‘Often the younger males would begin to talk and within five minutes they would be weeping.The amount of grief and anguish in the younger males was astounding! The river was deep. .. They had learned to be receptive, and it wasnt enough to carry their marriages. In everyrelationship something fierce is needed once in a while; both the man and the woman need tohave it.’(8) JACK My mother would just go into hysterics. My Dad ... Dont know where he is. Only knew him for six years. Then, he ran off to a new city and married another woman and had more kids. Every six years -- new city, new family. He was setting up franchises. Tyler smiles, snorts, shakes his head. TYLER A generation of men raised by women. Look what its done to you.With the lack of a male role-model, all that is left for the American boy without a father is theconsumer "product." When there is no other solution, Jack turns to a "modern versatiledomestic solution" to fill the void: Jack flips the page of the catalogue to reveal a full-page photo of an entire kitchen and dining room set. JACK (V.O.) I would flip and wonder, "What kind of dining room set *defines* me as a person?"Jack wants out of his dead end corporate job and his IKEA furnished "life-style." Jack, whodoes not have enough courage of his own, creates a shadow that has enough nerve to breakfree and enough audacity to become his own true individual. Jack creates Tyler Durden as amentoring father figure who will help him integrate his shadow in relationship with sex andviolence and bring Jack closer to the other. TYLER Shut up! Our fathers were our models for God. And if our fathers bailed, what does that tell you about God?Increasingly American boys are raised by their mothers with a lack of any strong male role-model in their life. Tyler becomes such a role-model for Jack who ironically holds all of Jacksrage and all of his love simultaneously. The fighting itself becomes an act of love throughwhich they can relate to one another. However, Tyler Durden is only a temporary experience.The last scene of the film illuminates Jacks final encounter with Tyler. With a gun to Jackshead, Tyler begins the last scene where the film began. TYLER 3 minutes. This is it. Here we are at the beginning. Ground zero. Would you like to say a few words to mark the occasion?Jack is at a loss for words, but realizes he no longer craves the destruction Tyler wants. "Idont want this!" But it is too late. Vans loaded with "blasting gelatine" are set to detonate anddestroy urban phallic skyscrapers in a matter of minutes. Jack realizes the only way to stophis alter-ego gone awry is to point the gun at himself. Tyler dies when Jack shoots himself inthe mouth, but Jack remains a spirit to bear witness to "ground zero." (13)The last image of the film is framed as a vista from within a glass skyscraper. Jack and hislover, Marla Singer, hold hands at the "theater of mass destruction." Two tall towers crumble
to the ground. Premiered years before September eleventh, the film serves as chillingprophecy even more profound and ripe with culture and historical mythic elements than eventhis author had expected.After the TheaterWhen an individual steps into a church, how much do they expect of their experience to followthem out? Great art changes our experience of reality and challenges us to take thatexperience home with us. Is this great art? TYLER3 minutes. This is it. Here we are at the beginning. Ground zero.Would you like to say a few words to mark the occasion?The film effectively holds up a mirror to the male viewer and suggests that the real storybegins at "ground zero" in "three minutes" as the film fades out, the end credits begin, and theaudience exits the theatre. Most of us are confused when we leave a movie theatre and enjoyrevelling in the passivity of the experience. However, the film maintains a moral ambiguity,which challenges the viewer to "say a few words to mark the occasion." One informant saysof his experience, "It didnt let me be a white, middle-class American male, ages 18-24, themost powerful person in the world, and remain comfortable in my seat." (24) During aninterview at Yale University, Edward Norton confirmed this reaction as intentional: I hope it rattles people. I hope it dunks very squarely in your lap because I think one of the things we strove very specifically to do with this was on some levels retain a kind of moral ambivalence or a moral ambiguity--not to deliver a neatly wrapped package of meaning into your lap. Or in any way that let you walk away from the film like this, comfortable in having been told what you should make of it. (25)After interviewing a dozen American male college students, I feel confident that I haveattained some sense of the emotional response it may have warranted from its intendedaudience (American males age 18-24). Though the sample size was relatively small, theinformants included a cross-section of socio-economic and cultural backgrounds. Though thespecifics varied, all males interviewed felt something. One informant was "anesthetized":I guess I felt shock in response to all this destruction, yet the visual image was so beautifulthat I was seduced by it and gave myself over to scopophilic consumption. When I left thetheater, I felt numb. I was anesthetized. (29)Others similarly describe the anesthesia of Fight Club as "stress release," "peace," and"liberating."I felt violated, but not really violated. Like I was tricked into seeing something I shouldnt see.Like taken advantage of. It was a stress release. (30)It was jarring, I guess, because he shoots himself. But theres a sense of peace in thedestruction. Hes sitting there holding her hand, and its just kind of peaceful. Its kind of a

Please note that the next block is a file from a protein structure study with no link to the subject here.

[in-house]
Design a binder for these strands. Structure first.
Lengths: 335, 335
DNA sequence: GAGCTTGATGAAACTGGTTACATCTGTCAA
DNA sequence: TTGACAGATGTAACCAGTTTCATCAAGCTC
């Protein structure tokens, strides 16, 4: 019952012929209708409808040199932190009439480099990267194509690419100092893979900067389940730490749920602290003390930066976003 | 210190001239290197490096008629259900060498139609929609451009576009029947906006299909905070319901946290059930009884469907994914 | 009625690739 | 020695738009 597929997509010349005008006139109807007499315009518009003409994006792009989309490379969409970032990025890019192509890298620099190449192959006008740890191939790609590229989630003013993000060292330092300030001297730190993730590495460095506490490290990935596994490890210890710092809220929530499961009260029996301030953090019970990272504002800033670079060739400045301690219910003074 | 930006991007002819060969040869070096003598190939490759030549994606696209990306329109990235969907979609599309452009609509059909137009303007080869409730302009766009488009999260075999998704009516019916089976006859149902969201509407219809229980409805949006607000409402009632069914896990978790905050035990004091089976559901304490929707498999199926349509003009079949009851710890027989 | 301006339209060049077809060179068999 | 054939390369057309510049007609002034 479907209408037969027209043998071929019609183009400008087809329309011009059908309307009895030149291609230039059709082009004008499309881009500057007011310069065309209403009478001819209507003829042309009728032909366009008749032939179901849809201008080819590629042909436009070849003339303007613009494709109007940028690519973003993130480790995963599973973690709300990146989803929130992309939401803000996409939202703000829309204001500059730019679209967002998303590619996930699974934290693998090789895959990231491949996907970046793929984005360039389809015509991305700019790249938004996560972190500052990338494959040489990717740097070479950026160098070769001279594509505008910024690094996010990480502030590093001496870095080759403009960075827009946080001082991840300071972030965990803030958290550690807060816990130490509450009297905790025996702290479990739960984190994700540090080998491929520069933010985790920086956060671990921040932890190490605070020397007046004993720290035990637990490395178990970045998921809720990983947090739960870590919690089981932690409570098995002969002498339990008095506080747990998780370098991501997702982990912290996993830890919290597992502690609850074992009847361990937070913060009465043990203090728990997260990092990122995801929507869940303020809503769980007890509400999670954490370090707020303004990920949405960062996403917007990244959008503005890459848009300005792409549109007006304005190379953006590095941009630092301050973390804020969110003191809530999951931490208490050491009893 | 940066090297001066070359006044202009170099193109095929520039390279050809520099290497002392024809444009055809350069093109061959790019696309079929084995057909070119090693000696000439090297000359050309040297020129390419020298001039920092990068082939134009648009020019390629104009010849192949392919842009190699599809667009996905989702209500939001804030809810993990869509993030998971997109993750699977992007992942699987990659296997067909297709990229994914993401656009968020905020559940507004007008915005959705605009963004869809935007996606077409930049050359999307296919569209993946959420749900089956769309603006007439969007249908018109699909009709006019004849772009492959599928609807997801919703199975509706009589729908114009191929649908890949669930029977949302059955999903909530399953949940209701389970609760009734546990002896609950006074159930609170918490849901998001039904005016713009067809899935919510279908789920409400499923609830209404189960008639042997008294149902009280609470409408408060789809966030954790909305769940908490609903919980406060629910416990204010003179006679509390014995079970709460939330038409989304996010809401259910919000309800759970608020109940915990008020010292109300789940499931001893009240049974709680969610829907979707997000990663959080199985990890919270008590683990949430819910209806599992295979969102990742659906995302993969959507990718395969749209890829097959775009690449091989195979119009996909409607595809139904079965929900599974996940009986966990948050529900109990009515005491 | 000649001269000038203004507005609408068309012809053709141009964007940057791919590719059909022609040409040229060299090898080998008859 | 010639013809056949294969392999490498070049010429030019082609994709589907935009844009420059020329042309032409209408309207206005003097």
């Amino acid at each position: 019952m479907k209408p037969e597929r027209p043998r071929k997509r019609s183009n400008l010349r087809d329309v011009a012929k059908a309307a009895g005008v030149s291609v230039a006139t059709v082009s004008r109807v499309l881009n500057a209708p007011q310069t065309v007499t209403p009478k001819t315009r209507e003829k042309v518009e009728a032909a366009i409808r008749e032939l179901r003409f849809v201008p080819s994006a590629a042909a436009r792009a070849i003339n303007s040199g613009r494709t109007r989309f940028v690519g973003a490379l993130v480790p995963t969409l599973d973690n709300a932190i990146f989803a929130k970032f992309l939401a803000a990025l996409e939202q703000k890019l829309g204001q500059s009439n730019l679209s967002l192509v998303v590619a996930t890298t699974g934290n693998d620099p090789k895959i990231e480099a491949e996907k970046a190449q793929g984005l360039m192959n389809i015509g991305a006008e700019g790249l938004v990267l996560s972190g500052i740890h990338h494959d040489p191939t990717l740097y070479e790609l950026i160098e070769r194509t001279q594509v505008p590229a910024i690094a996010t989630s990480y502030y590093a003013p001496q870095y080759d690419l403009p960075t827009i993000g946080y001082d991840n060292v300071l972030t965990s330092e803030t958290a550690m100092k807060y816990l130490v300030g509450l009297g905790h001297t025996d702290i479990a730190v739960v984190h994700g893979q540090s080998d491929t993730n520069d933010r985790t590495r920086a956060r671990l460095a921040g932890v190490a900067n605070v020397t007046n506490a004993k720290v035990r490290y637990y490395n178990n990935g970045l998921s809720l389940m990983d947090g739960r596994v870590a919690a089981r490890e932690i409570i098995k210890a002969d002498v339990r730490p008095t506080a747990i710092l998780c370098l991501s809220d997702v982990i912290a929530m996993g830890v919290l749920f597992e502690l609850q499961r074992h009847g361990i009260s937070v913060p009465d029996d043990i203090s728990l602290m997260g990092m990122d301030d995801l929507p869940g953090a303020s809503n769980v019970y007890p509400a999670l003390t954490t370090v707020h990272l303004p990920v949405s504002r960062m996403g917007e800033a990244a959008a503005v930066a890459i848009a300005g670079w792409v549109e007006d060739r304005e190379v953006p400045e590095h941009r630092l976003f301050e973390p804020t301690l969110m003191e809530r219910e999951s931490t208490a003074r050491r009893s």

defiant peace. It was definitely one of those moments where youre like, Whoa! Dude! LikeJesus Christ. I got to think about it. (31)Liberating. As unjustified as it was, the buildings were tolerable. Youd expect a feeling ofregret for the antagonist to accomplish destruction. But there was a liberating feelingsomehow. (32)Jack, the character, has a similar experience to the informants when he finishes his fight. JACK (V.O.) Fight Club was not about winning or losing. It wasnt about words.The Opponent recovers, throws a headlock on Jack. Jack snakes his arminto a counter headlock. They, wrestling like wild animals. The crowd CHEERS maniacally. JACK (V.O.)The hysterical shouting was in tongues, like at a Pentecostal church.The onlookers kneel to stay with the fight, cheering ever louder. The Opponent smashes Jacks head into the floor, over and over. JACK Stop. Everyone moves in as the Opponent steps away. They lift Jack to his feet. On the floor is a BLOOD MASK of Jacks face -- similar to his TEAR MASK on BOBS SHIRT, seen earlier. EXT. BAR - NIGHT Everyone files out of the bar, sweating, bleeding, smiling. JACK (V.O.) Nothing was solved. But nothing mattered. Afterwards, we all felt saved.ConclusionFight Club, the movie, exists to solve the very problems of meaning it poses. It holds a mirrorup to young white males and says, "This is who you are." And the very act of holding up thatmirror allows the film to own a dark part of the culture which cannot be experienced within theculture.Fight Club frames America lacking a public venue to integrate the emotional component ofwhite male identity. When there is a communal or cultural void, history suggests that violencecan complete that lack. Fight Club exposes the void and offers three solutions: crying,violence, and movies. Fight Club asks the question, what do you want to do with the Jacks ofour country--those unwanted children of America who were raised on cultural action heromyths and yearn to live those stories? We can send them to support groups to mourn theimpossibility of living this dream, send them to war to partake in the battle, or send them toexperience the "Fight Club" of American cinema.